- Associated Press - Thursday, October 16, 2014

DETROIT (AP) - Detroit Mayor Mike Duggan said officials with his administration went too far as part of a new anti-graffiti campaign by issuing tickets to building owners who had murals they commissioned or approved on their walls.

Tickets were issued as the city rolled out a previously unpublicized, more-aggressive effort aimed at cleaning up buildings along several major roadways, the Detroit Free Press and The Detroit News reported. It’s part of broader work to fight blight in the city.

Duggan on Wednesday blamed problems on a miscommunication among city inspectors and said ticketing of illegal graffiti would continue.

“I felt like I gave explicit directions that wall art and murals done with owners’ permission should not be ticketed,” Duggan said. “We made a mistake. But we also issued a large number of tickets for graffiti that was appropriate.”

Duggan personally apologized to two of those caught up in the effort, the owners of Brooklyn Street Local diner in Corktown and Derek Weaver, founder of the Grand River Creative Corridor, where artists have completed owner-approved murals.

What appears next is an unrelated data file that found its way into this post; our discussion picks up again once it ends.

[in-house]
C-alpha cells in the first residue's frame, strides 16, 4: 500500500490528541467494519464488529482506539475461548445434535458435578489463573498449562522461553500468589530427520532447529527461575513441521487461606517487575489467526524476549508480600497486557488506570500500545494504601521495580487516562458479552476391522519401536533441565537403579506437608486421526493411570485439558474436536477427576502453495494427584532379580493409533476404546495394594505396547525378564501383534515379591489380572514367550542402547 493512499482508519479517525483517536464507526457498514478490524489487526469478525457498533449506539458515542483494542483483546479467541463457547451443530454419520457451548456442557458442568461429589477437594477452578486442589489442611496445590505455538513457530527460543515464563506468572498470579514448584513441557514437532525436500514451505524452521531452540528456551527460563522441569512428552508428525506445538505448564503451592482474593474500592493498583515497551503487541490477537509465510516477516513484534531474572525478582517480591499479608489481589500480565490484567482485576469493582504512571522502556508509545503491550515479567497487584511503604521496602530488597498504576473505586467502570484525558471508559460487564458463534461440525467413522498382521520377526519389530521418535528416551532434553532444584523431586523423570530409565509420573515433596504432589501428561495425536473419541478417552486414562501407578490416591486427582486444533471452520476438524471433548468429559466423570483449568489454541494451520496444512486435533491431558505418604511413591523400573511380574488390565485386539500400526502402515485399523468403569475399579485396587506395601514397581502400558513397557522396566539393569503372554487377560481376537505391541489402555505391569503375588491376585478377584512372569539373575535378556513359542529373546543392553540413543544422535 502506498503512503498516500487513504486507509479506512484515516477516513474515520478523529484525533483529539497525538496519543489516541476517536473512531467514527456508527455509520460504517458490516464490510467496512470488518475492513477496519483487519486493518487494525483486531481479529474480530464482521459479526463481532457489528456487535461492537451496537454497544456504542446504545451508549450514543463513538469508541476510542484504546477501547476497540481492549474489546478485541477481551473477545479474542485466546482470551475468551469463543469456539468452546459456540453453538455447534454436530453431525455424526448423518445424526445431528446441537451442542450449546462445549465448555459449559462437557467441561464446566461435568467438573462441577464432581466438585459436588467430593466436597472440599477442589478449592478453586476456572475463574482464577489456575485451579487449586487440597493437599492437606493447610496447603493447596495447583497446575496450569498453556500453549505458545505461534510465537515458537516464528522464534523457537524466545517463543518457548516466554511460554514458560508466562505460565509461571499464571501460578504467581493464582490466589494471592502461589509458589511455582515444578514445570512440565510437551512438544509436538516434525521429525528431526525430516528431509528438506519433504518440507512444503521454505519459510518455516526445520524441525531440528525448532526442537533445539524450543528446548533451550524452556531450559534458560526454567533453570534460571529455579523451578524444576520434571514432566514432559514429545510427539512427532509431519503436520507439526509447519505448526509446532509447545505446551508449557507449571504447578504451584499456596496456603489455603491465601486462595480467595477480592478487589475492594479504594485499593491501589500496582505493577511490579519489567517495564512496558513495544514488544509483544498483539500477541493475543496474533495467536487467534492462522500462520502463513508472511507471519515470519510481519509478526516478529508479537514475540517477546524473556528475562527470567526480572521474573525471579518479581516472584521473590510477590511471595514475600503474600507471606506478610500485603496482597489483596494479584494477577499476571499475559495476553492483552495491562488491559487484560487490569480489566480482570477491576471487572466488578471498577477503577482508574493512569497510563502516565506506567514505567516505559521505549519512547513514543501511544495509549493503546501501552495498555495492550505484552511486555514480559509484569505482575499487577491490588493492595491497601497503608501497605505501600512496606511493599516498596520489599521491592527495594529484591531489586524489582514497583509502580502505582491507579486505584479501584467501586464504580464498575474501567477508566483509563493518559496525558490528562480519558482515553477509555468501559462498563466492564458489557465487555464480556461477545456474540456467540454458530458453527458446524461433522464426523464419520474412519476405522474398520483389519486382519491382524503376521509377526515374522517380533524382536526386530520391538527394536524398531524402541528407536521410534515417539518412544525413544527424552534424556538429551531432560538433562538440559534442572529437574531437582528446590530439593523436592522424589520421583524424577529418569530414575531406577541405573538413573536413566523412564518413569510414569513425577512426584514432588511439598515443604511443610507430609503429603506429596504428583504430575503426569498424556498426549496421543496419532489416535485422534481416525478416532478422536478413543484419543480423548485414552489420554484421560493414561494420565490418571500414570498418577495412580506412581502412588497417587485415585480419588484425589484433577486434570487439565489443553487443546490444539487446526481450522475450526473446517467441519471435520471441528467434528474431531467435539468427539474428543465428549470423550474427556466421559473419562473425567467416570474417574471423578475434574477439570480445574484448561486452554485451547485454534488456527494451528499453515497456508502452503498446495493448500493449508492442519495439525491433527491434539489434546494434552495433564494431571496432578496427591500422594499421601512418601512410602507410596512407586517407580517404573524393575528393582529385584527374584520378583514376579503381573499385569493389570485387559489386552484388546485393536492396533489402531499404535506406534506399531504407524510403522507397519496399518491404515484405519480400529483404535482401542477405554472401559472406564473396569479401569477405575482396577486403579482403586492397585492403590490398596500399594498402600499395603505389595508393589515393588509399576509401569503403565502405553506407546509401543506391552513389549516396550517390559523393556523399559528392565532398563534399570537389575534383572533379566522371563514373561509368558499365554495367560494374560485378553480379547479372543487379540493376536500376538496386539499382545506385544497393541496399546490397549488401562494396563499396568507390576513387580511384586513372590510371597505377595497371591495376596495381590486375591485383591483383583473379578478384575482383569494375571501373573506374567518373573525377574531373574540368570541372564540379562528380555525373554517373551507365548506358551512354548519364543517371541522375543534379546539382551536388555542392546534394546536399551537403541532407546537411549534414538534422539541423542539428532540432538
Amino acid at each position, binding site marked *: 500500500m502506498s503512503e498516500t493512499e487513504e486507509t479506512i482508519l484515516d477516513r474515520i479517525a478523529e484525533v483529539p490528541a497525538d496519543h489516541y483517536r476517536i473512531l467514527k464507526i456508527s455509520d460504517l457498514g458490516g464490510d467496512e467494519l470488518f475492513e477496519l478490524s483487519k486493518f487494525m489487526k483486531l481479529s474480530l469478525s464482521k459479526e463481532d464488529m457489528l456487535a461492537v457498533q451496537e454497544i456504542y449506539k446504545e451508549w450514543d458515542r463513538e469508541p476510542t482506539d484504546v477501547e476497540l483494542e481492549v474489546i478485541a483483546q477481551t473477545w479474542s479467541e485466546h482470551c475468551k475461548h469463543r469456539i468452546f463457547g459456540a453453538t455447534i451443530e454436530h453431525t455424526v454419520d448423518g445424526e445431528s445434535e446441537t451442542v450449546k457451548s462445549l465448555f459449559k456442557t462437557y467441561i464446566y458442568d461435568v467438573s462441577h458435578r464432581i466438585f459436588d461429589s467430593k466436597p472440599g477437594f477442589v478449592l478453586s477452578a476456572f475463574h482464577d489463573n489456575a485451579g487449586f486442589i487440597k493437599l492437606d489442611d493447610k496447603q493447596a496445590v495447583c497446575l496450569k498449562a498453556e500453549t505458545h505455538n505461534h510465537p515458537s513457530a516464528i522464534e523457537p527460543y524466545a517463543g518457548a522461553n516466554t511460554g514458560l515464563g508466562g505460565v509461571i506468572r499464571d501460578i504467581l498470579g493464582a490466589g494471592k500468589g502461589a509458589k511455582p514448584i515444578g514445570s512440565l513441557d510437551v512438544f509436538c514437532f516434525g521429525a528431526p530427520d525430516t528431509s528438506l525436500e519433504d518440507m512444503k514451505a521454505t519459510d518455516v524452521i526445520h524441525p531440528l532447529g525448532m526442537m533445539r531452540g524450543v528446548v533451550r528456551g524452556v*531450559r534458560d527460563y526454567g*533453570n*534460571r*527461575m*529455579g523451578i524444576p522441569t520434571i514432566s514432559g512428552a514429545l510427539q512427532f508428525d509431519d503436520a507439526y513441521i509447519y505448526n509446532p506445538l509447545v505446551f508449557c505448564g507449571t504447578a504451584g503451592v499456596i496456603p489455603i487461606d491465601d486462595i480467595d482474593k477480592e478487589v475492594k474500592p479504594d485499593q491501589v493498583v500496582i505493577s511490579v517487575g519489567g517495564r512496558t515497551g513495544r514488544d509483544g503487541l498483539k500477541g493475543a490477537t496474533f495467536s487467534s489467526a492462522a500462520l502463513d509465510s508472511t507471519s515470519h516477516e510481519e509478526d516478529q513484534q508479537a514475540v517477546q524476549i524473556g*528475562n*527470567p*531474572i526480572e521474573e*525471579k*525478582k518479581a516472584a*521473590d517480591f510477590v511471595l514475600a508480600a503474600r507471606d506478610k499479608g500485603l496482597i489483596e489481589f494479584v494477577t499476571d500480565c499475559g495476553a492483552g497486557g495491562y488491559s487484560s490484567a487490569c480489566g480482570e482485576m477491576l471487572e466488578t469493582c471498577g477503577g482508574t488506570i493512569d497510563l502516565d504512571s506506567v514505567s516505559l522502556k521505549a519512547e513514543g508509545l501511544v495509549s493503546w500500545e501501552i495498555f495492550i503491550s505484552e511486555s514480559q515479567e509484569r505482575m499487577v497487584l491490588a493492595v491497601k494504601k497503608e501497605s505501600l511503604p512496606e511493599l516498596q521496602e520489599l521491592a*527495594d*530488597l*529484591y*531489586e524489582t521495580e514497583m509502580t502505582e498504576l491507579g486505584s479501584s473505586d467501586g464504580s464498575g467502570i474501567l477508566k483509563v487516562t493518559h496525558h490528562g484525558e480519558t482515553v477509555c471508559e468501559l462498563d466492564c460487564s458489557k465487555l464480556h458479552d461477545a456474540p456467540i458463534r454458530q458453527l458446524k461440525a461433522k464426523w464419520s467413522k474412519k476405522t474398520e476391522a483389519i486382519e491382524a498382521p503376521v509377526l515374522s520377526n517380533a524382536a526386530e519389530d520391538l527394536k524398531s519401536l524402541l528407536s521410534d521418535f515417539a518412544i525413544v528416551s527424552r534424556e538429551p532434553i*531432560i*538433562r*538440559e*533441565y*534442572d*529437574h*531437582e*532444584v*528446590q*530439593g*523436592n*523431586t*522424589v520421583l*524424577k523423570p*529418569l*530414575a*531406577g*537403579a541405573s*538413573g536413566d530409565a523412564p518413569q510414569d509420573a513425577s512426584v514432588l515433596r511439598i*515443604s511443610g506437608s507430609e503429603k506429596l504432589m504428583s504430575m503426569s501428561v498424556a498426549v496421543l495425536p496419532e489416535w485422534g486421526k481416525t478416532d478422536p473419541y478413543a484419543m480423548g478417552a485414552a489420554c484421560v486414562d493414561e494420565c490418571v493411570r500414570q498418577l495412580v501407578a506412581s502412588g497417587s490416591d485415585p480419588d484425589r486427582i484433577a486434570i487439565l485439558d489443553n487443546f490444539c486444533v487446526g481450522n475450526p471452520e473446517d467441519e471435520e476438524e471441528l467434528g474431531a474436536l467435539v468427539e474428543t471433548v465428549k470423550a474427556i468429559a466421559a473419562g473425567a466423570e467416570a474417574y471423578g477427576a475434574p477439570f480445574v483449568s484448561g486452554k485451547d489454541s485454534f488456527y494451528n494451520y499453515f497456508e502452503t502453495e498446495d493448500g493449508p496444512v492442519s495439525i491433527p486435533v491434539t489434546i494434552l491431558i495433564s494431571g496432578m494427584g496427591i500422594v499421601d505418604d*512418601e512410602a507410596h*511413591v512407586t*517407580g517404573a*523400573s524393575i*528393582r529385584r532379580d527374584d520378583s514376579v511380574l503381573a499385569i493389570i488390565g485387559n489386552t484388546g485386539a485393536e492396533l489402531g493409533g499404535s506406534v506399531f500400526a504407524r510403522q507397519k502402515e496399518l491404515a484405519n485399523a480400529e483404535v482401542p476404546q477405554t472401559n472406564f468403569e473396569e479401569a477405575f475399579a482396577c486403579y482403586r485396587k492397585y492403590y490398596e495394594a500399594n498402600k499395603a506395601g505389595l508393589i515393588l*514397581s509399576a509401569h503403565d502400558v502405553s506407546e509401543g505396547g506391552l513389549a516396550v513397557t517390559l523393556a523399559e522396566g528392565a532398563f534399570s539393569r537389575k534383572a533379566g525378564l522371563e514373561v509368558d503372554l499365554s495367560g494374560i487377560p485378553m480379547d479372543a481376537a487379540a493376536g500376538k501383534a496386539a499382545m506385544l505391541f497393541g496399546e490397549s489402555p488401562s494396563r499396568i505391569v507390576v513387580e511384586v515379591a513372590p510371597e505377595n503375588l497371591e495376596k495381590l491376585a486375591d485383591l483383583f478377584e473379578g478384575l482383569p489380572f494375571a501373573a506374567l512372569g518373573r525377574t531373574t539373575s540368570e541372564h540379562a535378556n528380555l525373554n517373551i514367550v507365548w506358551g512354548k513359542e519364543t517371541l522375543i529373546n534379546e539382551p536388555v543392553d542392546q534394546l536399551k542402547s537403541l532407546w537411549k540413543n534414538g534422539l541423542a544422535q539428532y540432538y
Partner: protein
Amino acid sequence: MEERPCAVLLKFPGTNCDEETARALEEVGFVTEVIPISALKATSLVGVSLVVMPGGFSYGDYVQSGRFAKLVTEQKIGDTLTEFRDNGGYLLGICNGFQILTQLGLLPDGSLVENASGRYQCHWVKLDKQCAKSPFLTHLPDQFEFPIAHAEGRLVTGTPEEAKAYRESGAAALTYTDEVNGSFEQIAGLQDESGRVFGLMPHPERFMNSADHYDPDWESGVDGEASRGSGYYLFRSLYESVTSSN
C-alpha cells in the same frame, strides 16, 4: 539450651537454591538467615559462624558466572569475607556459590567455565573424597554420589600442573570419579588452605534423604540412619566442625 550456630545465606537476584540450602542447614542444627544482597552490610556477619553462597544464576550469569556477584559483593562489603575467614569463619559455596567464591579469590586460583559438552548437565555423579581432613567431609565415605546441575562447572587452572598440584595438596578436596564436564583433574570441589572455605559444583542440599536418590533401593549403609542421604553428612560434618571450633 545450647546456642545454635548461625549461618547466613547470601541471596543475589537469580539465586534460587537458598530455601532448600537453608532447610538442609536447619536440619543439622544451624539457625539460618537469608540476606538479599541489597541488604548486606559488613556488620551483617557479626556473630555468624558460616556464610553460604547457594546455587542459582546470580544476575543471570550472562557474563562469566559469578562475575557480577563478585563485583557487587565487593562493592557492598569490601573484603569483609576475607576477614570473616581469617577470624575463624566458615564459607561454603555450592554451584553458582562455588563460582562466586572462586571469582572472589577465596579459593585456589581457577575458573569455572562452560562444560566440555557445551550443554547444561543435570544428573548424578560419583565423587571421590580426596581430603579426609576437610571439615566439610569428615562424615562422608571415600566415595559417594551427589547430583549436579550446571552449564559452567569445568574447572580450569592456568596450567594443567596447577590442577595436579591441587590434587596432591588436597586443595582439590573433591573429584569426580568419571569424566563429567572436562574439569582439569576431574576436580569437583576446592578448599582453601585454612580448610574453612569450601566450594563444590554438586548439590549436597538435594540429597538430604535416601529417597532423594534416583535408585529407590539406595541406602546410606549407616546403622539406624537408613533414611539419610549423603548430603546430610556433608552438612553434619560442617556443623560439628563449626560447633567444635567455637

“I told the mayor that if you aren’t careful, and if you come down with iron fists, you’ll force a lot of good artists, entrepreneurs and small business owners out of the city,” said Weaver, who received up to about $8,000 in tickets in recent days.

The effort is focused on Jefferson, Woodward, Grand River, Michigan and Gratiot avenues. Deveri Gifford, co-owner of Brooklyn Street Local, said she was pleased the mayor came to the restaurant to apologize for a $130 ticket. Still, she said, it was all “ridiculous.”

“All the inspector had to do was come and talk to us,” she said.

Duggan said officials held six planning meetings before launching the crackdown. The Buildings, Safety Engineering and Environmental Department is responsible for issuing the tickets, and Duggan said the city is reviewing all of the tickets that were issued.

Tickets given for murals that had been approved by business owners are expected to be rescinded while other tickets may stand. Owners are responsible for their buildings in cases where they were targeted by graffiti. If ticketed, they have 14 days to clean up.

Vandals are being charged with malicious destruction of property, with varying penalties. Duggan said more than a dozen have been prosecuted. The crime can be a misdemeanor, punishable by fines or up to 93 days in jail, or a felony with up to 10 years in prison.

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